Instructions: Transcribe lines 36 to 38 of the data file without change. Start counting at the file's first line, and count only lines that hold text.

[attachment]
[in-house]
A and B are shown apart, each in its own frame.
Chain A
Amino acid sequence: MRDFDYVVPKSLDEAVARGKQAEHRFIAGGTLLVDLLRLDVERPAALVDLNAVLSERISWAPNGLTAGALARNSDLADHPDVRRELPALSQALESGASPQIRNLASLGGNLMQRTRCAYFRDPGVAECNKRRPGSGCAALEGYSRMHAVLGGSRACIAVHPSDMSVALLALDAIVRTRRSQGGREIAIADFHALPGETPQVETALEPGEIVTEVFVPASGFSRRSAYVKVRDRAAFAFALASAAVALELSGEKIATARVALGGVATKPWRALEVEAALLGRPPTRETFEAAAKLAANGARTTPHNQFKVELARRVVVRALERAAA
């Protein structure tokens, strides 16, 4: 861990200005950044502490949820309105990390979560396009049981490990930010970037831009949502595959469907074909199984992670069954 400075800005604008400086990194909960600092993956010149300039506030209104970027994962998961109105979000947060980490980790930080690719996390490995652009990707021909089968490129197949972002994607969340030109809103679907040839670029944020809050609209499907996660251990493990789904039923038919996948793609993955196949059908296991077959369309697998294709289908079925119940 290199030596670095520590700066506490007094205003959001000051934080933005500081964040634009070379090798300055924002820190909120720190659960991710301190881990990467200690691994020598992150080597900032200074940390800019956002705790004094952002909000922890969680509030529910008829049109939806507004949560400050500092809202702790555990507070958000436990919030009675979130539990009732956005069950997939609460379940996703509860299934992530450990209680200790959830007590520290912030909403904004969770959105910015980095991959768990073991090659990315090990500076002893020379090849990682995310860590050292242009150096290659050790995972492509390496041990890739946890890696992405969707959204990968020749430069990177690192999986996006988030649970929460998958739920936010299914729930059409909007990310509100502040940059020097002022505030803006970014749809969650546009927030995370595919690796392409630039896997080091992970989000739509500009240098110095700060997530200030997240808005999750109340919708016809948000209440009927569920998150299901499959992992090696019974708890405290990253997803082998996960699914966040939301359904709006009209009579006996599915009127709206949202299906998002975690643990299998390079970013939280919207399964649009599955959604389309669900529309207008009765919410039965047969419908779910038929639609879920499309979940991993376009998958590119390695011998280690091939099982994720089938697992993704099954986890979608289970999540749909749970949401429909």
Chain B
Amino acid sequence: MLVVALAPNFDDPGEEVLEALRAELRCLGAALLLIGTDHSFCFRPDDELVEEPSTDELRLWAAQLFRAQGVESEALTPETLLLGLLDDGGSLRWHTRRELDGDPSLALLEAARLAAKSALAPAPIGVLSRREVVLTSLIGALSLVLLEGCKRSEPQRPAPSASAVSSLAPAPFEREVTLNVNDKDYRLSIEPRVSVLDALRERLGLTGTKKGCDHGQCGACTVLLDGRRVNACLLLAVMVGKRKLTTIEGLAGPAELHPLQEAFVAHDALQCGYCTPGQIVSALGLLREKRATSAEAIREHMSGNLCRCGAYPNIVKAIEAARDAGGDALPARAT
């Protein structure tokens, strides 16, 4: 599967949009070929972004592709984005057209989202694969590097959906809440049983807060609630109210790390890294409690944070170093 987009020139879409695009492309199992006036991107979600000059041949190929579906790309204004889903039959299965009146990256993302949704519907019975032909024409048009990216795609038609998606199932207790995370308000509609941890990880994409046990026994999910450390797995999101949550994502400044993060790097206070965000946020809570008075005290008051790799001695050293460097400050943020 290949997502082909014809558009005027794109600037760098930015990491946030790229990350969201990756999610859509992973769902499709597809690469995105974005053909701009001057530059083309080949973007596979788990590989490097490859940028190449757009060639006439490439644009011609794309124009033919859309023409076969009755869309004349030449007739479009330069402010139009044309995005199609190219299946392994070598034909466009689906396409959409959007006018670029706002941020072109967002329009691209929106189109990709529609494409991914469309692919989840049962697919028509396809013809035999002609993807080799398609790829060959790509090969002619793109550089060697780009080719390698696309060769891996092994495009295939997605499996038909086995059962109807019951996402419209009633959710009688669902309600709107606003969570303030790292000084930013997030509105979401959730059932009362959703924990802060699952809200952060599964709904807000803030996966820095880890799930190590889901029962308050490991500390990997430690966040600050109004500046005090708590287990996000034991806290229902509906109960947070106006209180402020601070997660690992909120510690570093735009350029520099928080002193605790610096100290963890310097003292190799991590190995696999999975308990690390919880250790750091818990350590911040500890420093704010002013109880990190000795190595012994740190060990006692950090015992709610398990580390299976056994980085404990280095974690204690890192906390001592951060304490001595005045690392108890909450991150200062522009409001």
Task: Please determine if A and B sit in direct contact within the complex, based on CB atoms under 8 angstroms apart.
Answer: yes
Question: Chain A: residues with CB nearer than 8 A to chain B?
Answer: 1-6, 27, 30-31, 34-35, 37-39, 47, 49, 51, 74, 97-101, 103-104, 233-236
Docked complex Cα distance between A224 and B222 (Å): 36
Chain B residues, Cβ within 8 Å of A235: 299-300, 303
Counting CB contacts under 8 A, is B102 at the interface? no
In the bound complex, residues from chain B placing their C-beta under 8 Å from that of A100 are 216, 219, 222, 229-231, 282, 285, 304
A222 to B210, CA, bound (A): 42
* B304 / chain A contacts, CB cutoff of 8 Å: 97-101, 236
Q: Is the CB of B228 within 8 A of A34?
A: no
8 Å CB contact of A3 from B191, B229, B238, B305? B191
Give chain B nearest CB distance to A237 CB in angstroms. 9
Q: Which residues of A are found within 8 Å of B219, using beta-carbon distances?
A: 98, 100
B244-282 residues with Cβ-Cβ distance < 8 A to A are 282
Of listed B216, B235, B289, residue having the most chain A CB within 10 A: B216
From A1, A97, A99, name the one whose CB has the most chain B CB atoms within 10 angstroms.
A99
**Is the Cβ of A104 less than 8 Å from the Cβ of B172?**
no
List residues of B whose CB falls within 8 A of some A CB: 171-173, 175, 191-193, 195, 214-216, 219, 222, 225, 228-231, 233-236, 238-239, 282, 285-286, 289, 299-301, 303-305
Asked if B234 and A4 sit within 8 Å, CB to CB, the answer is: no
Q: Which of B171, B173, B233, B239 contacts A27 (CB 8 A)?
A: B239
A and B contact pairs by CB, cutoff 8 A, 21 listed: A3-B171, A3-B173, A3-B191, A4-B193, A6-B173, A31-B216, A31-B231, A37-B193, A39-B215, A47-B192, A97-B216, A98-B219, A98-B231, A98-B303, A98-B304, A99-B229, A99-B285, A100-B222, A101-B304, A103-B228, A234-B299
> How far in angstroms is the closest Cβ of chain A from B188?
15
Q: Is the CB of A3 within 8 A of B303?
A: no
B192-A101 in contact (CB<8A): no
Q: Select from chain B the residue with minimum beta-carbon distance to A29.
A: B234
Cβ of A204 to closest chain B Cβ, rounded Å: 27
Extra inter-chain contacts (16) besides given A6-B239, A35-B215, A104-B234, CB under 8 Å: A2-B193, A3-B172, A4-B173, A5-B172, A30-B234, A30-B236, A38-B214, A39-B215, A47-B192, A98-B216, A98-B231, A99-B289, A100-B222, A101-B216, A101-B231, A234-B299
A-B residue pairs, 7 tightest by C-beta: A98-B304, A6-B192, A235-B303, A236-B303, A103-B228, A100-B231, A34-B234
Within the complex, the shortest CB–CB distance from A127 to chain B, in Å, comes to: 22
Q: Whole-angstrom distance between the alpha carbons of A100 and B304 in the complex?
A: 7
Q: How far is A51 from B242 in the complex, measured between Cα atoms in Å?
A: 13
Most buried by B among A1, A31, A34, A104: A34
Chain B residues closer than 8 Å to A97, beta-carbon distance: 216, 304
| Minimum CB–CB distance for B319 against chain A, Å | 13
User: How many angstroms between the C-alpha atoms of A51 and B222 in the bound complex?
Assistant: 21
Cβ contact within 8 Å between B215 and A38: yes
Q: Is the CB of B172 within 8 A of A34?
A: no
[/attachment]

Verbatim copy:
> How far in angstroms is the closest Cβ of chain A from B188?
15
Q: Is the CB of A3 within 8 A of B303?